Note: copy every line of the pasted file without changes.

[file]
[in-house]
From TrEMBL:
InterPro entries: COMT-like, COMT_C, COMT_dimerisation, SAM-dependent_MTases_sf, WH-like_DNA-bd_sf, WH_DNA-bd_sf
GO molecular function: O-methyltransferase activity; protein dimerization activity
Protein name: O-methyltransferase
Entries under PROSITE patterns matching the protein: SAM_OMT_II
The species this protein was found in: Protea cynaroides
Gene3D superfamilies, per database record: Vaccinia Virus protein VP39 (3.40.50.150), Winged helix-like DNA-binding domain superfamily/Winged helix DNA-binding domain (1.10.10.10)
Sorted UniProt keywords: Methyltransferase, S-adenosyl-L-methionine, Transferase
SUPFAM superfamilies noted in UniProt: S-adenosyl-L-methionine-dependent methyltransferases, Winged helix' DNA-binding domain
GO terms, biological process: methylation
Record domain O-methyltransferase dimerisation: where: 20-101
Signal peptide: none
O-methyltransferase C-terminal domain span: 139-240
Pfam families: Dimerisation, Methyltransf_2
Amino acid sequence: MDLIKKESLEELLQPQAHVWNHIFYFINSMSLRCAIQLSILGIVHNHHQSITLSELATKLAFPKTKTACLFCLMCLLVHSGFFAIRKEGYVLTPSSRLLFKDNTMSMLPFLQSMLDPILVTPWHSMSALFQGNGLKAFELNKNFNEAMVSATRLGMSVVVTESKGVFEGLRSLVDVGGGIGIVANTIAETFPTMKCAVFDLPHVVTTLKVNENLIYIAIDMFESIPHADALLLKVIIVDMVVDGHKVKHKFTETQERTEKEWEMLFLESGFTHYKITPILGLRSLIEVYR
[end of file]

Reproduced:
[in-house]
From TrEMBL:
InterPro entries: COMT-like, COMT_C, COMT_dimerisation, SAM-dependent_MTases_sf, WH-like_DNA-bd_sf, WH_DNA-bd_sf
GO molecular function: O-methyltransferase activity; protein dimerization activity
Protein name: O-methyltransferase
Entries under PROSITE patterns matching the protein: SAM_OMT_II
The species this protein was found in: Protea cynaroides
Gene3D superfamilies, per database record: Vaccinia Virus protein VP39 (3.40.50.150), Winged helix-like DNA-binding domain superfamily/Winged helix DNA-binding domain (1.10.10.10)
Sorted UniProt keywords: Methyltransferase, S-adenosyl-L-methionine, Transferase
SUPFAM superfamilies noted in UniProt: S-adenosyl-L-methionine-dependent methyltransferases, Winged helix' DNA-binding domain
GO terms, biological process: methylation
Record domain O-methyltransferase dimerisation: where: 20-101
Signal peptide: none
O-methyltransferase C-terminal domain span: 139-240
Pfam families: Dimerisation, Methyltransf_2
Amino acid sequence: MDLIKKESLEELLQPQAHVWNHIFYFINSMSLRCAIQLSILGIVHNHHQSITLSELATKLAFPKTKTACLFCLMCLLVHSGFFAIRKEGYVLTPSSRLLFKDNTMSMLPFLQSMLDPILVTPWHSMSALFQGNGLKAFELNKNFNEAMVSATRLGMSVVVTESKGVFEGLRSLVDVGGGIGIVANTIAETFPTMKCAVFDLPHVVTTLKVNENLIYIAIDMFESIPHADALLLKVIIVDMVVDGHKVKHKFTETQERTEKEWEMLFLESGFTHYKITPILGLRSLIEVYR